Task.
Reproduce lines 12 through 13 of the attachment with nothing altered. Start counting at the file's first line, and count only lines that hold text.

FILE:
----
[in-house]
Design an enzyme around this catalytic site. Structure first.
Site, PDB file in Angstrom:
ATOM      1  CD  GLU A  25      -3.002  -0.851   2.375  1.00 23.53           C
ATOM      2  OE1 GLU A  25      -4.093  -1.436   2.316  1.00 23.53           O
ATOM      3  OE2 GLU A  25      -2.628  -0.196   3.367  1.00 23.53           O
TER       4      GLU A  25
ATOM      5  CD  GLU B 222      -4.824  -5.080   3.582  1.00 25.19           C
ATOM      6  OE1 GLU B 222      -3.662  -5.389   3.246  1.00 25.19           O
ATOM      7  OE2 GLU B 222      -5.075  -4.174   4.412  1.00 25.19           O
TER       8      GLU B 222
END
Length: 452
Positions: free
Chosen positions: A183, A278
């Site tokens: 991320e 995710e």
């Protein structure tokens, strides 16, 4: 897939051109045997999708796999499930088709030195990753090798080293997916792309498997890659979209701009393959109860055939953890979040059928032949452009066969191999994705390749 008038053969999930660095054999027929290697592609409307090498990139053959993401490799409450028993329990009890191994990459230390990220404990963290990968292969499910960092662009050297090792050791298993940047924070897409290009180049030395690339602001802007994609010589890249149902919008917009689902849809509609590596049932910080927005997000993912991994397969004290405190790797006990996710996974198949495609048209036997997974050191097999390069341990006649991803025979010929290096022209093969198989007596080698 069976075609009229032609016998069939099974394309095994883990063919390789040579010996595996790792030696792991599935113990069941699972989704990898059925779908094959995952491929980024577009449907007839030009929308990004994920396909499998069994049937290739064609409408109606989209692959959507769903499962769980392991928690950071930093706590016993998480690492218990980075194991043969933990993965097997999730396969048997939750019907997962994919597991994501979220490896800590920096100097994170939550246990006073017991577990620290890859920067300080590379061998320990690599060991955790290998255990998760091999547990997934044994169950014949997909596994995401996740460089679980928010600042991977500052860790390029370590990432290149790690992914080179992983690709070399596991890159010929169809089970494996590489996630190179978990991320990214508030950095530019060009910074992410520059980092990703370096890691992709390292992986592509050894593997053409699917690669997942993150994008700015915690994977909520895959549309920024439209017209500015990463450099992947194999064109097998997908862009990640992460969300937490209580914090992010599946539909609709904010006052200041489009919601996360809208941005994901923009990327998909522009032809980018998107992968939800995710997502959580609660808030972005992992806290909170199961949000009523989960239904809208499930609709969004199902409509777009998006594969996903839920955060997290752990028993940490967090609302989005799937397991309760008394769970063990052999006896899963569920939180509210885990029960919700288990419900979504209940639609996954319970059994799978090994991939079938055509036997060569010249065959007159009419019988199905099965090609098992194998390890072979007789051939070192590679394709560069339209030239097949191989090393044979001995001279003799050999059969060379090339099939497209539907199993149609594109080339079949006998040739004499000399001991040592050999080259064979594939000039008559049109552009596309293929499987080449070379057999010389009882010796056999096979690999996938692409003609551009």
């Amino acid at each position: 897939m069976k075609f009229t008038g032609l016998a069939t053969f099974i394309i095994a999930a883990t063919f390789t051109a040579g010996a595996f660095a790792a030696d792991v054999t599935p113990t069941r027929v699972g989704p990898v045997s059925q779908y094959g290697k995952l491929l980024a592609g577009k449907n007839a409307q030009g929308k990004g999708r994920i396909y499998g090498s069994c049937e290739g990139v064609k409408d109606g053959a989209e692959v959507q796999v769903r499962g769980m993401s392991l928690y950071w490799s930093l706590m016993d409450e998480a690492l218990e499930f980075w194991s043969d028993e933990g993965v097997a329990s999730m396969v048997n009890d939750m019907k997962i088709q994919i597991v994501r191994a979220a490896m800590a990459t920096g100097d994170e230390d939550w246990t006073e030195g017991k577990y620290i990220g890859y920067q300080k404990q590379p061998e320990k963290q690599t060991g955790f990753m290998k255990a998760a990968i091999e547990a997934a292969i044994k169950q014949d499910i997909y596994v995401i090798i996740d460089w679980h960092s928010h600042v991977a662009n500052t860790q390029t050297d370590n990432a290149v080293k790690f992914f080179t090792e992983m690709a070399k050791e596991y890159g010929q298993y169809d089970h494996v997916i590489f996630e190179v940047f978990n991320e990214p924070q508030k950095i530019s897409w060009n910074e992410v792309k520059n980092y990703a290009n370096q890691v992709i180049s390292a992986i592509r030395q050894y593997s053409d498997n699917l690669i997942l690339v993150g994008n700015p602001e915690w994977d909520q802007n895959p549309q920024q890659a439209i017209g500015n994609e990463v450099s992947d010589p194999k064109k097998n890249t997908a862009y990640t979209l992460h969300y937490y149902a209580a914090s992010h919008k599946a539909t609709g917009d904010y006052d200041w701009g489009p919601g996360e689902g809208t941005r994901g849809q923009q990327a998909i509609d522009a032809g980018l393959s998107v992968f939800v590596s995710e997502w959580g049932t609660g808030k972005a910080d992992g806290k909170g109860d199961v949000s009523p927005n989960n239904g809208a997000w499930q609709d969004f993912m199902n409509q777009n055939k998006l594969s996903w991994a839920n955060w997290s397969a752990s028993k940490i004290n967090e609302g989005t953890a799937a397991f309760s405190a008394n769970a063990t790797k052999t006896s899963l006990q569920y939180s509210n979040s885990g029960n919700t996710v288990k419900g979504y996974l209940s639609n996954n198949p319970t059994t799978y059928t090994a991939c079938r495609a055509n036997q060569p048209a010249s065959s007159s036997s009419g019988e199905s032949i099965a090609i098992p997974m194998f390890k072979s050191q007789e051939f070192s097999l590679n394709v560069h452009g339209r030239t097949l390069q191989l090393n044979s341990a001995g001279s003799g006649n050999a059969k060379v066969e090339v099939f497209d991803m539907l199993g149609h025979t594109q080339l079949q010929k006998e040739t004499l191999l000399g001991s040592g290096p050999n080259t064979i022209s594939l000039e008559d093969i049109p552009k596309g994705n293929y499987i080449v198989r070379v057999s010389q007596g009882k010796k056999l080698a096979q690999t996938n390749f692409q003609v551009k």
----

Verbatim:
END
Length: 452